Having seen off the OBA, Celtic’s very own Green Brigade continue to come to the adverse attention of the authorities, with another UEFA charge being levied on the club following the stunning Europa League pre-match display last week.
On the day that Celtic were moved to make a hard-hitting statement on the subject, ACSOM’s contributors had this to say…Listen to the latest episode of the award-winning A Celtic State of Mind
The statement issued from Celtic Park today should not be taken merely as a box-ticking exercise to show UEFA that the club are looking to root out the problem of fireworks in the stadium.
The continued use of pyrotechnics deemed ‘safe’ or otherwise will at some point cause harm – physically to a supporter or financially to the club. I support much of what the fans in the standing section do in terms of backing the team, charitable ventures and voicing of social injustice, but the continued exposure to disciplinary committees will not end well for the club or its fans.
The supporters who contribute most to the atmosphere in that section of the ground must look to build on the relationship they have with the club and supporters liaison, however, with more charges from UEFA, any trust is likely to be diminished.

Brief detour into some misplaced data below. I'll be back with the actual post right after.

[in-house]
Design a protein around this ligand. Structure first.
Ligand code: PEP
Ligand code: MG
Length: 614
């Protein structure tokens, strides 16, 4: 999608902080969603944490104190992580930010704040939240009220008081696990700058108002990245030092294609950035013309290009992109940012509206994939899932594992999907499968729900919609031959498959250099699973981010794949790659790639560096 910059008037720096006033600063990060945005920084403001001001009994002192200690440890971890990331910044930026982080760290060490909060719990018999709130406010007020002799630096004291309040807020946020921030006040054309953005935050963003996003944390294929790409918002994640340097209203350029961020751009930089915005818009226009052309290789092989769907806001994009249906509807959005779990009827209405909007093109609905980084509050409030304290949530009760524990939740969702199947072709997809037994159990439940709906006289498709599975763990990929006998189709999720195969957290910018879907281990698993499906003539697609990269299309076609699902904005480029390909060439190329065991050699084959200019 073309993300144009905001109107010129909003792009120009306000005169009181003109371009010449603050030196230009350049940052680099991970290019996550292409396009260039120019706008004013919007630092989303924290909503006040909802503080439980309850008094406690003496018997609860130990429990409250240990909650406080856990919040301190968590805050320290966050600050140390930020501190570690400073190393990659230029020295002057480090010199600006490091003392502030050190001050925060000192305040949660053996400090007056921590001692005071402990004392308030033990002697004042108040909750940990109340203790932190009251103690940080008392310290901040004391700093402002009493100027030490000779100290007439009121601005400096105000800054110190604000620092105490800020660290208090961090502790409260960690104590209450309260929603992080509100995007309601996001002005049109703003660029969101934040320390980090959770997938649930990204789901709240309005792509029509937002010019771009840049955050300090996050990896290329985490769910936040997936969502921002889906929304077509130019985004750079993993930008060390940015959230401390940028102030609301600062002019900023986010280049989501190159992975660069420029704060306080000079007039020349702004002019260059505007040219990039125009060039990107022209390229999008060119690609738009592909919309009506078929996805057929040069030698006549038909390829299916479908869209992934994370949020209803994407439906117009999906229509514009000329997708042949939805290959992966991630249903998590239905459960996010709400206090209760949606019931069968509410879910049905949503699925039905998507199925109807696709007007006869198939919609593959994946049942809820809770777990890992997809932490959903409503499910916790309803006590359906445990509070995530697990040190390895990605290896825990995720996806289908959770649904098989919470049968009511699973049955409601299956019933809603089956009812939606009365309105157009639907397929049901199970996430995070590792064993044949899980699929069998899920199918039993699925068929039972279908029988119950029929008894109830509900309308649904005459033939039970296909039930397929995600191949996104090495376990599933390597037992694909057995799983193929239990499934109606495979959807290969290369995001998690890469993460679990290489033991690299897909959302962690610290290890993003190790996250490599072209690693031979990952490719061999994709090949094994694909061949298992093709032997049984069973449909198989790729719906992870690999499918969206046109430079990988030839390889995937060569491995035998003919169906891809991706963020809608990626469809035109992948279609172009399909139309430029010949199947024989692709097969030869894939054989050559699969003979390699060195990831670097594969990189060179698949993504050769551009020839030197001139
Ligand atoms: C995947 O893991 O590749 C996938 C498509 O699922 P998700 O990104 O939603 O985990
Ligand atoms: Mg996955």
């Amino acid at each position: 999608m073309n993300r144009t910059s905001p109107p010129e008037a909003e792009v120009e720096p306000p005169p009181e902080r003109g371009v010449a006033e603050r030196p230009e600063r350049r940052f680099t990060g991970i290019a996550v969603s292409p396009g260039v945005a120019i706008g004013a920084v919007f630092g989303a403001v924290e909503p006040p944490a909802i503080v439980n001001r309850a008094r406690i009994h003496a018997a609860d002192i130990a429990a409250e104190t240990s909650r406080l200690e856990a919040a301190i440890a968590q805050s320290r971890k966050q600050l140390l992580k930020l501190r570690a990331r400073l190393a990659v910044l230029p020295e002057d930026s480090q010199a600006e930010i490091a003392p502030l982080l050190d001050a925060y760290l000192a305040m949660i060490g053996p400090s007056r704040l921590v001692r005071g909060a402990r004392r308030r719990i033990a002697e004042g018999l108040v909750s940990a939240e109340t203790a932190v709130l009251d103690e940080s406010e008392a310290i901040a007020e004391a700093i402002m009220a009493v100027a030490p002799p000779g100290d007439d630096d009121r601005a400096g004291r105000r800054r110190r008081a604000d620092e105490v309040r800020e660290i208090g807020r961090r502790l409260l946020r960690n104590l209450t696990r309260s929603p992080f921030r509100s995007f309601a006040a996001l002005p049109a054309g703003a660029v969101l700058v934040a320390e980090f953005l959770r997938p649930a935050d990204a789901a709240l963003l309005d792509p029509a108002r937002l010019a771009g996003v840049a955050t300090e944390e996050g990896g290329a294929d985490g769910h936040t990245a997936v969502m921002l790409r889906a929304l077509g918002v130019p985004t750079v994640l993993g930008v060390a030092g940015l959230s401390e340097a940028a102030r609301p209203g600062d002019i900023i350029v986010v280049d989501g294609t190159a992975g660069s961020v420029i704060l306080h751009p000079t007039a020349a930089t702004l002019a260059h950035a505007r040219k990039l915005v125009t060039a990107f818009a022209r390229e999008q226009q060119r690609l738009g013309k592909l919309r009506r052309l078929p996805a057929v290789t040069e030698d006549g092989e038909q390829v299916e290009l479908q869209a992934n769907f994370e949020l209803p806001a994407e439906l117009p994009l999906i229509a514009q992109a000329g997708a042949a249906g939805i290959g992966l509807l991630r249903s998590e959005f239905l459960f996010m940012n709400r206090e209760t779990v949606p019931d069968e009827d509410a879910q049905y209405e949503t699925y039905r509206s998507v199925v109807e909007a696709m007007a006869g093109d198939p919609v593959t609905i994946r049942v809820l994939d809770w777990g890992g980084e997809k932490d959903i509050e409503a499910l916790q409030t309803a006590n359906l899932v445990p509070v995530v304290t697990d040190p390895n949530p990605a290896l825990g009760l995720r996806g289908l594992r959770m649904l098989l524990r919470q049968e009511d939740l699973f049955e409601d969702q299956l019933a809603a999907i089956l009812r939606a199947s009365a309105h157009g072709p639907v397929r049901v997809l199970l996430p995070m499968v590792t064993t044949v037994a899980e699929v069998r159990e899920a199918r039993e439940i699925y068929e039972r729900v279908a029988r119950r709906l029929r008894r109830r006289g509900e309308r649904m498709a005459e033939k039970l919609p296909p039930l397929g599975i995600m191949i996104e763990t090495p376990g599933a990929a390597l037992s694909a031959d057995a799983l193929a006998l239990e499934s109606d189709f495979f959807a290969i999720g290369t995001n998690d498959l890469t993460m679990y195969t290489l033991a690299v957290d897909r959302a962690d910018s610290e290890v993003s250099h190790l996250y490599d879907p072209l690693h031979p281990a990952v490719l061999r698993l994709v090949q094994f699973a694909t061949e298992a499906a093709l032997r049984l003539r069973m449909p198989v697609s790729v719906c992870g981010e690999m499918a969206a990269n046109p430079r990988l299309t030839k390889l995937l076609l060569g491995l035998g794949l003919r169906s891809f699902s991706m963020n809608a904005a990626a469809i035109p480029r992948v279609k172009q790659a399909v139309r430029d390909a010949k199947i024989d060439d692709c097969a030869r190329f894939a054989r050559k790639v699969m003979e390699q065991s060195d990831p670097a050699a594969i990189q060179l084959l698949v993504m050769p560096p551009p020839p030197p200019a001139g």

The North Curve – the area of Celtic Park which houses the Green Brigade and the standing section – has been called into question over the use of pyrotechnics in our Europa League match versus CFR Cluj.
This leads to the debate on the use of pyrotechnics within football grounds in Scotland. Many within the Celtic support would claim they are dangerous and harmful to the club, indeed a quick search on social media will bring up the video of the unfortunate Athletico Paranaense fan who lost his hand after his pyrotechnic exploded.
However, pyrotechnics are not a new thing and have been a staple of European football for many a year. Countless incredible scenes have been captured over the years from the Netherlands to Greece, Italy to Sweden and now Serbia to Scotland… iconic images from within stadiums are simply just a Google search away. Fans claim this adds atmosphere to the stadium and makes it daunting for players and fans of the opposition side and I can understand that, however, UEFA has taken, at least in recent months, a very hard stance on this and for this reason I would look to see the use of pyrotechnics stopped.